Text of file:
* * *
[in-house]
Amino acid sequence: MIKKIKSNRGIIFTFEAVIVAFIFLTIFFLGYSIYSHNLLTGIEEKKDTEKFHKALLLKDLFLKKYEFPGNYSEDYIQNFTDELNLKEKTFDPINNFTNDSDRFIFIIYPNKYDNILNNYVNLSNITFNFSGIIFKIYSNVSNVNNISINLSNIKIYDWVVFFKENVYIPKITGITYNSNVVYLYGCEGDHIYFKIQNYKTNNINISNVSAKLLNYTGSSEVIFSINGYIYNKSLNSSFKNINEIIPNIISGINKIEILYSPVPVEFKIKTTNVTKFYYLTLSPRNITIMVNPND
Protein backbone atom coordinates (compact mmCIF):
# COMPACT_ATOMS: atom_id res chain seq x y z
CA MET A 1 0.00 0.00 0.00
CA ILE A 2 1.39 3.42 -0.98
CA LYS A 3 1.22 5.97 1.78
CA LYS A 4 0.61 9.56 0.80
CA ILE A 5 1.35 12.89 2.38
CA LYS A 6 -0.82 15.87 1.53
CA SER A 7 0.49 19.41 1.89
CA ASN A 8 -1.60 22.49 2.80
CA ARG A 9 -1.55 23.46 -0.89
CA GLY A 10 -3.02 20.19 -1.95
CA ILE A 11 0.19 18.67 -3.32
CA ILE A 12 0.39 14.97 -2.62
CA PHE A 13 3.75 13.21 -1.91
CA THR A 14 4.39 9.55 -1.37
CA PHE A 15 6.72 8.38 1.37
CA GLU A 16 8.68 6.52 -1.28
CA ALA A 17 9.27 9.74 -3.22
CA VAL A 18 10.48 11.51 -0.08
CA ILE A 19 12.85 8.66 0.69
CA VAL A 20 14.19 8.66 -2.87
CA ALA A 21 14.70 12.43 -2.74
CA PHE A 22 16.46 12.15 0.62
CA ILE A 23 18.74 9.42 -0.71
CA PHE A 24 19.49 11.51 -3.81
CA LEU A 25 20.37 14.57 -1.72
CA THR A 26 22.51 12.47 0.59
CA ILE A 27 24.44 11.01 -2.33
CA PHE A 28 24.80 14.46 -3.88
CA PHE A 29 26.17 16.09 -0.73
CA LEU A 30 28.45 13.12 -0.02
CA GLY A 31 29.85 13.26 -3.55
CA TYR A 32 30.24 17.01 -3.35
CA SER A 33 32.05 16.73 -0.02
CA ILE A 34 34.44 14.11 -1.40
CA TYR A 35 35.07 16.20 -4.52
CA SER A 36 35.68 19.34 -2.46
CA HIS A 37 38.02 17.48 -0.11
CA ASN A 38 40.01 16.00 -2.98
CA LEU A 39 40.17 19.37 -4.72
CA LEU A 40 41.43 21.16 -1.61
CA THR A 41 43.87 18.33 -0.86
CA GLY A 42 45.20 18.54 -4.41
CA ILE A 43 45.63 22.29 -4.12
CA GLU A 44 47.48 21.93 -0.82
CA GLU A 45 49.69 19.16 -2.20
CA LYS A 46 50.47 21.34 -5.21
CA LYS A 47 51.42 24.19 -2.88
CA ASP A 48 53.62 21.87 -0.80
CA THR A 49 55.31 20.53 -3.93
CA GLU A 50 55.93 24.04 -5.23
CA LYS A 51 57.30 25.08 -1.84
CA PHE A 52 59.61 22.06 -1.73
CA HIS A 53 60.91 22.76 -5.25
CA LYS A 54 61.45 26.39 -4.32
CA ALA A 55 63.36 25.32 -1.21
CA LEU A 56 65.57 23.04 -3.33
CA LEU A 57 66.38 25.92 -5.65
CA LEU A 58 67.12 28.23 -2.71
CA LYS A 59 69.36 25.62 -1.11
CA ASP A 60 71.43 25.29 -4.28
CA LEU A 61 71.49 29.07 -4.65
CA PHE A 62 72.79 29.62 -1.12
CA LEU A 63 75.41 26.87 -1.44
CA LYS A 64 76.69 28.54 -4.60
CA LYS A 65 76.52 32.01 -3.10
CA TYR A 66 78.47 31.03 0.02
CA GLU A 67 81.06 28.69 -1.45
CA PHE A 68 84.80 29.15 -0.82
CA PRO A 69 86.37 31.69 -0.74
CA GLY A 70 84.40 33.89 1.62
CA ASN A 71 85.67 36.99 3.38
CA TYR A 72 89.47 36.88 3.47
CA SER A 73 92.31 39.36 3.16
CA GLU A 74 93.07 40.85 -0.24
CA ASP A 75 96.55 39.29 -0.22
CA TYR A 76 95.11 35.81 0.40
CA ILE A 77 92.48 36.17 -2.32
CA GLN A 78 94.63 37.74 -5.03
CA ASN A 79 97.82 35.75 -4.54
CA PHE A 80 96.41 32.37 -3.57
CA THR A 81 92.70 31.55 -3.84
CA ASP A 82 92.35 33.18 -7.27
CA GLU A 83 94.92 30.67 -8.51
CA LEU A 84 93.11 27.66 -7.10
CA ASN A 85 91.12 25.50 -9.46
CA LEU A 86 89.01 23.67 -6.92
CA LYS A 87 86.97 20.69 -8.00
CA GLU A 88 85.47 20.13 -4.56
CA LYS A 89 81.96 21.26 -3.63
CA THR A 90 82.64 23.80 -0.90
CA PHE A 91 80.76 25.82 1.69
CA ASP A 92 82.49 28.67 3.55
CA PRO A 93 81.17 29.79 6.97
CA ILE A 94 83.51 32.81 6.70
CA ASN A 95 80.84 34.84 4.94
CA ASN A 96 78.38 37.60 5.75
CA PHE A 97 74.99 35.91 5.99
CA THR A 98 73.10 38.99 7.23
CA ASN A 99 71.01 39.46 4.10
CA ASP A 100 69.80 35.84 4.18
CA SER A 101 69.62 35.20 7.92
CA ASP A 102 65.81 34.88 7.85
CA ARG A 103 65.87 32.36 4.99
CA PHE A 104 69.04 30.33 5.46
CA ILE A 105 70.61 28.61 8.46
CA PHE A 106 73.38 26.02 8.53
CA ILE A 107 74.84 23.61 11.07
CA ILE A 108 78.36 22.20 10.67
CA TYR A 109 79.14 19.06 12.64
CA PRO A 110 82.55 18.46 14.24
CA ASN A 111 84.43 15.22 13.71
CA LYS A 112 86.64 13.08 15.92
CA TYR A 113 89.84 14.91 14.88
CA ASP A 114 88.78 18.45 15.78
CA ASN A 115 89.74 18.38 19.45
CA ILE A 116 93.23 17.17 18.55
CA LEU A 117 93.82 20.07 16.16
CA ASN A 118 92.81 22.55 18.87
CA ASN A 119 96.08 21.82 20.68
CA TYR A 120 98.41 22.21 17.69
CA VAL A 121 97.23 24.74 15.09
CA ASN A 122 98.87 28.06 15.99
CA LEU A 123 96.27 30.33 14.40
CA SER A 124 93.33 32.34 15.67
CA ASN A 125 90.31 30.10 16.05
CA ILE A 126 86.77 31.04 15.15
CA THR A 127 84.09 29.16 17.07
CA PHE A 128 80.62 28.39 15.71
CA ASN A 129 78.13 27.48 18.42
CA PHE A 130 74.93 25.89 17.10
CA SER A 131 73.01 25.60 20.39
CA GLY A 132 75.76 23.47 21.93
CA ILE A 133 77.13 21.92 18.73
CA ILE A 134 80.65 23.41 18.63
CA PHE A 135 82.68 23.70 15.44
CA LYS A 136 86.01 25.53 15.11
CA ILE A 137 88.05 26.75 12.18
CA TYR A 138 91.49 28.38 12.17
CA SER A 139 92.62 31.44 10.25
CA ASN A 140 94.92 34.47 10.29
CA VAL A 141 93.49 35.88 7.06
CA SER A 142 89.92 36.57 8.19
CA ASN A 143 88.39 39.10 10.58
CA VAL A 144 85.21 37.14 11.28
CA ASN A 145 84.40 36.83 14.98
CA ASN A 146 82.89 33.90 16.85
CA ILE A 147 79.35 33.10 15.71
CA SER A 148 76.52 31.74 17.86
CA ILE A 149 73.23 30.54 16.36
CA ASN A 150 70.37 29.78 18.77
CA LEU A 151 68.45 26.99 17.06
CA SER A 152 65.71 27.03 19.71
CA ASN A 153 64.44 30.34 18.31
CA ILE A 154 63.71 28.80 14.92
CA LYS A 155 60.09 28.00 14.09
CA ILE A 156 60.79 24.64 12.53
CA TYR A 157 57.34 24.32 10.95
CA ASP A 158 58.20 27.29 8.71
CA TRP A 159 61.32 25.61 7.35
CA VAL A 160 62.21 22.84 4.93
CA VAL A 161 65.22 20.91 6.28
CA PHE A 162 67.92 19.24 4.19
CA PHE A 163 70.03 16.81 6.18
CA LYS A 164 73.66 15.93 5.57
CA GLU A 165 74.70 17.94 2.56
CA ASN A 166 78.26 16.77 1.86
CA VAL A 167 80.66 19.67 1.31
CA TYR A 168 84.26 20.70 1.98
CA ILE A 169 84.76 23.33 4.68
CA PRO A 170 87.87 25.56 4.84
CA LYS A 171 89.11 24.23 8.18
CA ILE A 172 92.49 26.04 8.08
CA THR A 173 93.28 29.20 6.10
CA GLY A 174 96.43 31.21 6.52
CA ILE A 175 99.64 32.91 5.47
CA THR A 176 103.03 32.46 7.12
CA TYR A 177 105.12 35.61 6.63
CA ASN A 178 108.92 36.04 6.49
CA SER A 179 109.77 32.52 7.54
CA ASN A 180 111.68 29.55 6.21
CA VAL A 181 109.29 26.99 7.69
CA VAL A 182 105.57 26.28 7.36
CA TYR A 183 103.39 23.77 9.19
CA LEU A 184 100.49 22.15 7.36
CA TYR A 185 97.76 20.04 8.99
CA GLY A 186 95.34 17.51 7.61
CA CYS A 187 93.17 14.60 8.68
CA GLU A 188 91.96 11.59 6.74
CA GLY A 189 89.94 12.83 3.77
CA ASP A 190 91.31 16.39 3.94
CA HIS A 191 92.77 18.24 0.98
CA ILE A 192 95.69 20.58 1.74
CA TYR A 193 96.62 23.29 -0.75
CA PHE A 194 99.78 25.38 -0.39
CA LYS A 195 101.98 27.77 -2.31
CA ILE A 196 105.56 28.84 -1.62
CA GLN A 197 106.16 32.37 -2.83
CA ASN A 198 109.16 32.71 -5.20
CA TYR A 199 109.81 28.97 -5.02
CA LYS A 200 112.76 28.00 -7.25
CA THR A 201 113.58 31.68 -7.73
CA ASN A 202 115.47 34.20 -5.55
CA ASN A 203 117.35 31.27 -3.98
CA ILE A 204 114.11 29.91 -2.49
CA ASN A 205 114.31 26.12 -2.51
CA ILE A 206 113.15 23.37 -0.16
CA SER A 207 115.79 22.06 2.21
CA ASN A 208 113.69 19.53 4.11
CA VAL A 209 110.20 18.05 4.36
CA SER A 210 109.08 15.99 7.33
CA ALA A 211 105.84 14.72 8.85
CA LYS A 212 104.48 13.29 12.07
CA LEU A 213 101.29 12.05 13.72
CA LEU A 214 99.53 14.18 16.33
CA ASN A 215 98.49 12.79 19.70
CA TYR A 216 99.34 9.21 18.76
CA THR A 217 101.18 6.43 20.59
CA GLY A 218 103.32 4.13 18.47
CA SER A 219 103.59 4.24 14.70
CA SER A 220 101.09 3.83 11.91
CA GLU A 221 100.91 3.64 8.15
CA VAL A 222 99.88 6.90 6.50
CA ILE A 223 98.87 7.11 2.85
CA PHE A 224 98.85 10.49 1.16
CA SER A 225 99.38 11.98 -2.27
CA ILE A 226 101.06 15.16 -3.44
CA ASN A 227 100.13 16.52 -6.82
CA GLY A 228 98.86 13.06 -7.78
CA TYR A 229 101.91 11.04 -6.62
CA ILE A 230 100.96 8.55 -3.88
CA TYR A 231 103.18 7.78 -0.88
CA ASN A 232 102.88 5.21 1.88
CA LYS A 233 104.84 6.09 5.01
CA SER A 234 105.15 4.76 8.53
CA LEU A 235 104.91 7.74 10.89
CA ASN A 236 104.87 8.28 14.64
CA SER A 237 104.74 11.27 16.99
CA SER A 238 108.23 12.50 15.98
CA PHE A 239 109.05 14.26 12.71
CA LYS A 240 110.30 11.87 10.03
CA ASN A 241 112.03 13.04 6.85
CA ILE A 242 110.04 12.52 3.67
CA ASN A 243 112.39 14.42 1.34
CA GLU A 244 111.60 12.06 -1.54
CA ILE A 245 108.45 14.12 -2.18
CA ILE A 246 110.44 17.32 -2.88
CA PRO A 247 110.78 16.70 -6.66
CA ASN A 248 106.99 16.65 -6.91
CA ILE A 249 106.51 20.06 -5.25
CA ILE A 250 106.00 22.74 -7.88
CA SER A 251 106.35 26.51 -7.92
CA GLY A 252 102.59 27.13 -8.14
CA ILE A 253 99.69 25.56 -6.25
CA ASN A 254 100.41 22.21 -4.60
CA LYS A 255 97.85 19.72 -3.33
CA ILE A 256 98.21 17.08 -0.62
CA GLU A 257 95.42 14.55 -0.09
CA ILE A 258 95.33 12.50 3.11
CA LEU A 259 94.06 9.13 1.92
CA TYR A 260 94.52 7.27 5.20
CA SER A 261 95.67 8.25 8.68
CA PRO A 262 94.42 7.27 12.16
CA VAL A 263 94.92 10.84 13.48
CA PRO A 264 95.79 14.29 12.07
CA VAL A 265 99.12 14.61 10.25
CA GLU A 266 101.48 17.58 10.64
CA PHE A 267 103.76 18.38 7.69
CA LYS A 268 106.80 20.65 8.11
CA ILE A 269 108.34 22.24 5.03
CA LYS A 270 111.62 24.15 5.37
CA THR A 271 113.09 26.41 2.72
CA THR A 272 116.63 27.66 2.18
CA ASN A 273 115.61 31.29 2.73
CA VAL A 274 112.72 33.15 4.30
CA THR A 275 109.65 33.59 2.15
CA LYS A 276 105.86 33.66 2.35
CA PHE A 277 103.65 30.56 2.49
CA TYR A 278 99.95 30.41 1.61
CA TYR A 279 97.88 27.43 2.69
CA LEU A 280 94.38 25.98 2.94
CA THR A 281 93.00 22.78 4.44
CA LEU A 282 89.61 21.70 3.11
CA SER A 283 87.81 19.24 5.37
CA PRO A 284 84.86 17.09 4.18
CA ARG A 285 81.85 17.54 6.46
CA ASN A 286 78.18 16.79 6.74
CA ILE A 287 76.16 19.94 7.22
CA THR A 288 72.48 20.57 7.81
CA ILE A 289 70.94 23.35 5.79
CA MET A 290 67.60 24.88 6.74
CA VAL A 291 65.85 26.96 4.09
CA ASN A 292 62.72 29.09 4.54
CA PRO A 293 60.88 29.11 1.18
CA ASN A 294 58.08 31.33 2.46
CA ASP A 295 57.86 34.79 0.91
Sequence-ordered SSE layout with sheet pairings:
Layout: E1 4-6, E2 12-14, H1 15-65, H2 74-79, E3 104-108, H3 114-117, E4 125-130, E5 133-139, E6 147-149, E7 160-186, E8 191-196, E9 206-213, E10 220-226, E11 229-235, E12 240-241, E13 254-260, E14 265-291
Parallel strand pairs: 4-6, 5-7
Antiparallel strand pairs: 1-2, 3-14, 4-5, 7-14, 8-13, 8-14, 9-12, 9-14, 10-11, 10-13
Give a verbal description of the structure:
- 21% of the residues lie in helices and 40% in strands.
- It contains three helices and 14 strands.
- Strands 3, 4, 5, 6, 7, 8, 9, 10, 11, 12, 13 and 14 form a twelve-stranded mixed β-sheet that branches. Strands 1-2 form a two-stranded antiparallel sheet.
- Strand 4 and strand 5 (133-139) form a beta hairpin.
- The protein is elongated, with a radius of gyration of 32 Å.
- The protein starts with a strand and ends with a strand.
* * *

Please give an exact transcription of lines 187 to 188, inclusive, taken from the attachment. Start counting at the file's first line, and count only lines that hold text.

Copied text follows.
CA TYR A 183 103.39 23.77 9.19
CA LEU A 184 100.49 22.15 7.36